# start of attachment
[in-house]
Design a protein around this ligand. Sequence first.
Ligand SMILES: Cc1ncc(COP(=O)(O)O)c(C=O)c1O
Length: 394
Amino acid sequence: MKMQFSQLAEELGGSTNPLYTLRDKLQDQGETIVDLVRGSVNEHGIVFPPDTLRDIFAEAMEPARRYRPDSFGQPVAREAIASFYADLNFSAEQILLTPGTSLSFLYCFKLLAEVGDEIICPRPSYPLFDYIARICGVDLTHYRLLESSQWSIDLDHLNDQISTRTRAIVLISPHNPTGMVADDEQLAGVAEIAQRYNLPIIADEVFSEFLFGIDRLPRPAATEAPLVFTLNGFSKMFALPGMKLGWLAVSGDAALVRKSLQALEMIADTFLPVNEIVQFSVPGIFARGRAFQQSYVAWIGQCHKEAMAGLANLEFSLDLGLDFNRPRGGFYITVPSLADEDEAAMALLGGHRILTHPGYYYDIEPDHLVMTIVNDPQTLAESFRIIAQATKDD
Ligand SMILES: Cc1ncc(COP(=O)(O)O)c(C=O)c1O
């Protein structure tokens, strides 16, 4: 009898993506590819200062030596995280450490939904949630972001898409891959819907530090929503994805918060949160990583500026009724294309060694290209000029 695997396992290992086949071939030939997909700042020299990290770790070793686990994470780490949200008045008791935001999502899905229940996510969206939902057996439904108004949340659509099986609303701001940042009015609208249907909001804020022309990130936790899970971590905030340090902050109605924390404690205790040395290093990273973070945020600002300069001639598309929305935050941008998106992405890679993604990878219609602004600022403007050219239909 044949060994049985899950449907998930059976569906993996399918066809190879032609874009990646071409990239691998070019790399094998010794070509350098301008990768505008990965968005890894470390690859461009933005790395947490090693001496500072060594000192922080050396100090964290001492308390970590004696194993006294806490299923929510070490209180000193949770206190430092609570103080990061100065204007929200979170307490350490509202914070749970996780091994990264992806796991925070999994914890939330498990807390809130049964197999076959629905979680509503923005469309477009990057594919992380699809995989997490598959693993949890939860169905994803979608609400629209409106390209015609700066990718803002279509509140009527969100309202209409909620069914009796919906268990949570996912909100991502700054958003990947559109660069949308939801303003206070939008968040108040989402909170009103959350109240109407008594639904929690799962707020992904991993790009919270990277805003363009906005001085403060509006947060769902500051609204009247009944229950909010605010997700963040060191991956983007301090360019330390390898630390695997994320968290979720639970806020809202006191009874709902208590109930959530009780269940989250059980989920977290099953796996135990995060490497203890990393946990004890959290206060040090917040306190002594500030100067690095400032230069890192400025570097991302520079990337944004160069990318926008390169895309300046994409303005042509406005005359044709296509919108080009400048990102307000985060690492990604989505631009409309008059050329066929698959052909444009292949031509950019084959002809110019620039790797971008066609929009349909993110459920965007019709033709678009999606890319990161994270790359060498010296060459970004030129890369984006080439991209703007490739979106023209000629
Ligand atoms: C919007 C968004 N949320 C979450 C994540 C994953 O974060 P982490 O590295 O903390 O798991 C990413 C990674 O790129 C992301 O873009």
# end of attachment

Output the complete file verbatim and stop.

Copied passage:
[in-house]
Design a protein around this ligand. Sequence first.
Ligand SMILES: Cc1ncc(COP(=O)(O)O)c(C=O)c1O
Length: 394
Amino acid sequence: MKMQFSQLAEELGGSTNPLYTLRDKLQDQGETIVDLVRGSVNEHGIVFPPDTLRDIFAEAMEPARRYRPDSFGQPVAREAIASFYADLNFSAEQILLTPGTSLSFLYCFKLLAEVGDEIICPRPSYPLFDYIARICGVDLTHYRLLESSQWSIDLDHLNDQISTRTRAIVLISPHNPTGMVADDEQLAGVAEIAQRYNLPIIADEVFSEFLFGIDRLPRPAATEAPLVFTLNGFSKMFALPGMKLGWLAVSGDAALVRKSLQALEMIADTFLPVNEIVQFSVPGIFARGRAFQQSYVAWIGQCHKEAMAGLANLEFSLDLGLDFNRPRGGFYITVPSLADEDEAAMALLGGHRILTHPGYYYDIEPDHLVMTIVNDPQTLAESFRIIAQATKDD
Ligand SMILES: Cc1ncc(COP(=O)(O)O)c(C=O)c1O
């Protein structure tokens, strides 16, 4: 009898993506590819200062030596995280450490939904949630972001898409891959819907530090929503994805918060949160990583500026009724294309060694290209000029 695997396992290992086949071939030939997909700042020299990290770790070793686990994470780490949200008045008791935001999502899905229940996510969206939902057996439904108004949340659509099986609303701001940042009015609208249907909001804020022309990130936790899970971590905030340090902050109605924390404690205790040395290093990273973070945020600002300069001639598309929305935050941008998106992405890679993604990878219609602004600022403007050219239909 044949060994049985899950449907998930059976569906993996399918066809190879032609874009990646071409990239691998070019790399094998010794070509350098301008990768505008990965968005890894470390690859461009933005790395947490090693001496500072060594000192922080050396100090964290001492308390970590004696194993006294806490299923929510070490209180000193949770206190430092609570103080990061100065204007929200979170307490350490509202914070749970996780091994990264992806796991925070999994914890939330498990807390809130049964197999076959629905979680509503923005469309477009990057594919992380699809995989997490598959693993949890939860169905994803979608609400629209409106390209015609700066990718803002279509509140009527969100309202209409909620069914009796919906268990949570996912909100991502700054958003990947559109660069949308939801303003206070939008968040108040989402909170009103959350109240109407008594639904929690799962707020992904991993790009919270990277805003363009906005001085403060509006947060769902500051609204009247009944229950909010605010997700963040060191991956983007301090360019330390390898630390695997994320968290979720639970806020809202006191009874709902208590109930959530009780269940989250059980989920977290099953796996135990995060490497203890990393946990004890959290206060040090917040306190002594500030100067690095400032230069890192400025570097991302520079990337944004160069990318926008390169895309300046994409303005042509406005005359044709296509919108080009400048990102307000985060690492990604989505631009409309008059050329066929698959052909444009292949031509950019084959002809110019620039790797971008066609929009349909993110459920965007019709033709678009999606890319990161994270790359060498010296060459970004030129890369984006080439991209703007490739979106023209000629
Ligand atoms: C919007 C968004 N949320 C979450 C994540 C994953 O974060 P982490 O590295 O903390 O798991 C990413 C990674 O790129 C992301 O873009």